Wednesday, 26 August 2015

Windows cannot automatically bind the IP protocol stack Windows 10 Update

Recently completed the Network Managers upgrade to Windows 10.

Dell Inspiron 1545.  It arrived with Windows 7 on it.  

The first time I upgraded it errored out, rebooted and restored Windows 7.  The reason for this was I had over estimated the battery power.  It is not as good as it used to be.  (insert Ronnie Corbett-esque anecdote about laptop batteries?...maybe another time)

I tried again with the laptop running on the mains power and it completed.

There was however, an issue with the Ethernet and Wi-Fi.

Due to the age of the laptop Dell do not provide updated drivers for Windows 10 so I reinstalled the Windows 7 drivers.  They apparently installed with no issue, but it was still not working and not making the connection to the internet.

I ran a diagnostic on the network connections and the result was:
"Windows cannot automatically bind the IP protocol stack to the network adapter"
The reason for this was, installed on the adapter configuration were some items that were not required.

Control Panel -->  Network and Sharing Centre --> Change adapter Settings --> Right Click on the adapter name and select Properties.  The window below will appear or something very much like it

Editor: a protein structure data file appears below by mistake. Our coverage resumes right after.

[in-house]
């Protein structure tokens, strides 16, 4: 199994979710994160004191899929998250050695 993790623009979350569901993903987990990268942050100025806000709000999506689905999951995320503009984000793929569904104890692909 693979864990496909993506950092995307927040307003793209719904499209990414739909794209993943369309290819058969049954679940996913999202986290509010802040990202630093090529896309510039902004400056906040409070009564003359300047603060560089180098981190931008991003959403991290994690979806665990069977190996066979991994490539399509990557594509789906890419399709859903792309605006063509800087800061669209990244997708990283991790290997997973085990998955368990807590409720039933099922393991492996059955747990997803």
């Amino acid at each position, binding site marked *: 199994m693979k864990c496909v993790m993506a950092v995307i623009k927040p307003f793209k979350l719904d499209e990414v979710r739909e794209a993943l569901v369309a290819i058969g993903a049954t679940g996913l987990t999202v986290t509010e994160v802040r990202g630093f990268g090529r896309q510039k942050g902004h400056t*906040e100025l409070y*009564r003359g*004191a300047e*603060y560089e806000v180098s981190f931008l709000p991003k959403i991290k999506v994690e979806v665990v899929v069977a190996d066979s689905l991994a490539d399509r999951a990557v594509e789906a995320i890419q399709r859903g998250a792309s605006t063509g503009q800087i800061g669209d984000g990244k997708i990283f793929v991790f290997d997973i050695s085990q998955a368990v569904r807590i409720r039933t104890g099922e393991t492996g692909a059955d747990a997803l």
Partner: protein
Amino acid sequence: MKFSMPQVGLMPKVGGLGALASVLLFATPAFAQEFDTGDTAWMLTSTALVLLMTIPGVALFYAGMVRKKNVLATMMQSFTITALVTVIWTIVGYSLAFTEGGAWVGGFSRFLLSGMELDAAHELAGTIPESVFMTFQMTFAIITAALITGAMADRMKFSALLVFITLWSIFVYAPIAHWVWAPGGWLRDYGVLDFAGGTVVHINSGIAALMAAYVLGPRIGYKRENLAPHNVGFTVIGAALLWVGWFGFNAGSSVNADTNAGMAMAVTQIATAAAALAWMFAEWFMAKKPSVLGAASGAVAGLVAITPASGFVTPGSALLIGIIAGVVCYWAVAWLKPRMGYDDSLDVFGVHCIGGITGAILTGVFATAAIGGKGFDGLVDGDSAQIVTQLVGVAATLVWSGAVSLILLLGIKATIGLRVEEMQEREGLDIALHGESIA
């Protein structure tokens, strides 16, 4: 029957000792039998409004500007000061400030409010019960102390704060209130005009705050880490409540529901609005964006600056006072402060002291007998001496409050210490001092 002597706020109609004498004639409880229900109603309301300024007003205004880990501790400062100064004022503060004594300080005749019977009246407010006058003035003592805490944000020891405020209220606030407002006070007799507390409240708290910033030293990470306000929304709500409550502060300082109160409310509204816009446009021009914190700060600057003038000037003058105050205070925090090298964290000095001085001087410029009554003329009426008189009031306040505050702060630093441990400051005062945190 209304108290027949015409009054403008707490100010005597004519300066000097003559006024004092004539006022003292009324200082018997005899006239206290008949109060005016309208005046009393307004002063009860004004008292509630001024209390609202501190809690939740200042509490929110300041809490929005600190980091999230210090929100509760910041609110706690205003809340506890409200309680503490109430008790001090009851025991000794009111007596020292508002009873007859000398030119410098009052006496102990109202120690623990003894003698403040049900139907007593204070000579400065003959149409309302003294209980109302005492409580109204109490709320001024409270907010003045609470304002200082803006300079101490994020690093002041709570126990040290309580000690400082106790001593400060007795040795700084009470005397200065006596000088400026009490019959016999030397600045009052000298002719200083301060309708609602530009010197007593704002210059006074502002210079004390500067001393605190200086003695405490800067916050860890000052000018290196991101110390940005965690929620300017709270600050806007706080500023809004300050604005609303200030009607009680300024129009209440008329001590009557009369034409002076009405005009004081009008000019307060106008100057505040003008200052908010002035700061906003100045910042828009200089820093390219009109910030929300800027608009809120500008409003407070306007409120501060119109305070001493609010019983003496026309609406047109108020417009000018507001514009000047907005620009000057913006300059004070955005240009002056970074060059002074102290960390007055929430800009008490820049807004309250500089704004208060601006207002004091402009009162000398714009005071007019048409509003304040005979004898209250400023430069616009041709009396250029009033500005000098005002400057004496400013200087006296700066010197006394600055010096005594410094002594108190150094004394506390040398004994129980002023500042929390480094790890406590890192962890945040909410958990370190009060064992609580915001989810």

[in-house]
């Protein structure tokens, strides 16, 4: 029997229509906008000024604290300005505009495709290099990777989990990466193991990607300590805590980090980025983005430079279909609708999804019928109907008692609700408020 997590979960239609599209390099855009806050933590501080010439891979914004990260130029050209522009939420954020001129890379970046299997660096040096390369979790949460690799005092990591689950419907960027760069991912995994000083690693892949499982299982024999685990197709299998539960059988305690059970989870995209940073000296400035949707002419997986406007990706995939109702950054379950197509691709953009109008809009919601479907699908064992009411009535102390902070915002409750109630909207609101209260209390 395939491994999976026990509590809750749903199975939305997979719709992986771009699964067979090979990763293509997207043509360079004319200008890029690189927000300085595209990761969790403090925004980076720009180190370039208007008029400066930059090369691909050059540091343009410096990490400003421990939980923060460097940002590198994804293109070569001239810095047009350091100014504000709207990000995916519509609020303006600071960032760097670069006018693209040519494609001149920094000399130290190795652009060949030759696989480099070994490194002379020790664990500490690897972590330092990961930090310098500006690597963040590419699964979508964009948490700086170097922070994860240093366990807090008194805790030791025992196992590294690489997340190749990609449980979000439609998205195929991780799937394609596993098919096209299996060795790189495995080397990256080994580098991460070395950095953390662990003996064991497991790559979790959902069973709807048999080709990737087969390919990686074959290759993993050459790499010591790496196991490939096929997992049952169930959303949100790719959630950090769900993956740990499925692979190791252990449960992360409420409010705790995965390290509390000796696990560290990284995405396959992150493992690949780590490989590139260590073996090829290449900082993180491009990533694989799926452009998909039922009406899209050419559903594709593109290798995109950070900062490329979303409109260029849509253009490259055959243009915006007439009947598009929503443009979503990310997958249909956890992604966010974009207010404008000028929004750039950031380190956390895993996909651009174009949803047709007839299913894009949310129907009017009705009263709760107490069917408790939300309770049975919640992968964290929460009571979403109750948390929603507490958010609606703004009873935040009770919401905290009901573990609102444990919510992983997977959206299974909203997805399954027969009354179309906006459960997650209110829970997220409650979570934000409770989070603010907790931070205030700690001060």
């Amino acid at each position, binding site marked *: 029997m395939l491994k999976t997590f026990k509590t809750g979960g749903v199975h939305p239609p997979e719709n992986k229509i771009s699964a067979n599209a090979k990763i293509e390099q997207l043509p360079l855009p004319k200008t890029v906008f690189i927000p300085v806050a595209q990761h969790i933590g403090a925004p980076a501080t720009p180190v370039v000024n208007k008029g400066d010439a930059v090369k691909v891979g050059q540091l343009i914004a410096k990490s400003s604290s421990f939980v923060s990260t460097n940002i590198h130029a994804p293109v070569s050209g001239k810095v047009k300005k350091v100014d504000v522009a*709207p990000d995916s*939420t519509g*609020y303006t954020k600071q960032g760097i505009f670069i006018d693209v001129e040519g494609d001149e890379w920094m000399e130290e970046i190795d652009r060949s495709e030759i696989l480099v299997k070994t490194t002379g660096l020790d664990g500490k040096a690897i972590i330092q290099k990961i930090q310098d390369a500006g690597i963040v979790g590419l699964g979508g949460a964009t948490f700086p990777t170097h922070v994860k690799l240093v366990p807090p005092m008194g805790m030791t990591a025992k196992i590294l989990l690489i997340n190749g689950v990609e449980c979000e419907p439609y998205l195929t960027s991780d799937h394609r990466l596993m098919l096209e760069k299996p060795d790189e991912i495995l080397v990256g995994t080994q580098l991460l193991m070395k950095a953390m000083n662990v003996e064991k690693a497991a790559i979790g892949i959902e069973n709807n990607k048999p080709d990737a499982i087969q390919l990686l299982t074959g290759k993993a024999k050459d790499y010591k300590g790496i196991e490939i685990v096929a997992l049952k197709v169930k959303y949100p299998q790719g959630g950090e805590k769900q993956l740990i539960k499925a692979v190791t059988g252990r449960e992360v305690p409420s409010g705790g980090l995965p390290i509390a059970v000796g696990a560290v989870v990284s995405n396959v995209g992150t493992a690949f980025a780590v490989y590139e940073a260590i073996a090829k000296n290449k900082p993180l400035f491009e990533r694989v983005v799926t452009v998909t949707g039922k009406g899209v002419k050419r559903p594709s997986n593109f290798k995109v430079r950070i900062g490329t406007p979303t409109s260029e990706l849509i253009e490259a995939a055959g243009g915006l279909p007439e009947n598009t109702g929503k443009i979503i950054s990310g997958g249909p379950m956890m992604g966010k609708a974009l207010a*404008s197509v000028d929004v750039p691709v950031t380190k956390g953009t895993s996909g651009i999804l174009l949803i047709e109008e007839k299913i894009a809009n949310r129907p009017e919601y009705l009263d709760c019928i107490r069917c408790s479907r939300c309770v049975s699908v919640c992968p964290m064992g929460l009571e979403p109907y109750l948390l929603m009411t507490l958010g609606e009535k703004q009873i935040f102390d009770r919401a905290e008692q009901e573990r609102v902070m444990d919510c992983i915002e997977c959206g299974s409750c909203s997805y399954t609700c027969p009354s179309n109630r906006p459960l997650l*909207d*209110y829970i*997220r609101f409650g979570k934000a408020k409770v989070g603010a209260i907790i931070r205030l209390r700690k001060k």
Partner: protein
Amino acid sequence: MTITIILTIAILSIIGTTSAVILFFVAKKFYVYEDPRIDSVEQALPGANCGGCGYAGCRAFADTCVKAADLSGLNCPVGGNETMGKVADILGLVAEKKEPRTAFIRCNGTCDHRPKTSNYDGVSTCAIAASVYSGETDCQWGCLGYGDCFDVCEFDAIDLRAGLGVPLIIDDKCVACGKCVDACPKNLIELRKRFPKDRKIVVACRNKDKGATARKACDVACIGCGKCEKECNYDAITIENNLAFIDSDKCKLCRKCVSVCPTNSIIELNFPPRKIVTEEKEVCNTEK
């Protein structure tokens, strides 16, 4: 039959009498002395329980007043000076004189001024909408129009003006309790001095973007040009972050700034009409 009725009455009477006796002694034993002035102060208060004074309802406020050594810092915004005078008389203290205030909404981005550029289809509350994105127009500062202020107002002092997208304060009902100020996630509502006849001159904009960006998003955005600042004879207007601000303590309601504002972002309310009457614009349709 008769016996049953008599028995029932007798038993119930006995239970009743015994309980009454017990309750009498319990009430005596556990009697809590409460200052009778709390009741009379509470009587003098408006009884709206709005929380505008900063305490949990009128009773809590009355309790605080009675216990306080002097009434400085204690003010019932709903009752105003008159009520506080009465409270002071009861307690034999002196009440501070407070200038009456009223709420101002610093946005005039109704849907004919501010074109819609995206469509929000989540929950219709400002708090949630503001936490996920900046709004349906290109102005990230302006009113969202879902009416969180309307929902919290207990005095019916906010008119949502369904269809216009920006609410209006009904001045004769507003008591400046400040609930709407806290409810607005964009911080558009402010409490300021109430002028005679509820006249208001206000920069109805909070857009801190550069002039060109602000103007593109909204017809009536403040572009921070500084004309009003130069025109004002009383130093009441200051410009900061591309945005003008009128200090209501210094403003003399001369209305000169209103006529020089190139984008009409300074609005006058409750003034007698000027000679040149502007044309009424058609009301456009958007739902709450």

The items that should be checked are:
  • Client for Microsoft Networks
  • File and Printer Sharing for Microsoft Networks
  • QoS Packet Scheduler
  • Internet Protocol Version 4 (TCP/IPv4
  • Internet Protocol Version 6 (TCP/IPv6)
  • Link Layer Topology Discovery Mapper I/O Driver
  • Link Layer Topology Discovery Responder.
Uncheck anything else.

The culprit, it seems, on the Dell Inspiron, was Microsoft LLDP Protocol Driver.  It was checked. 

It was then unchecked and the adapter was disabled and then re-enabled and then it was finally able to connect to the internet.

There are other reasons that it may not work, one is an unsupported VPN application or connection.  I made sure that anything of this nature was removed from the laptop, but in this case it was the MS LLDP Protocol Driver.

Sadly, I cannot remember or find the site that this useful information came from and I do like to give credit where credit is due.  If I do find it I will add the link to the site as the discussion it came from did give other solutions if this was unsuccessful.

Other reasons could include :
  • the Ethernet cable may not be plugged in correctly
  • Firewall or AV software may need to be temporarily disabled.
  • Unsupported VPN software.

 

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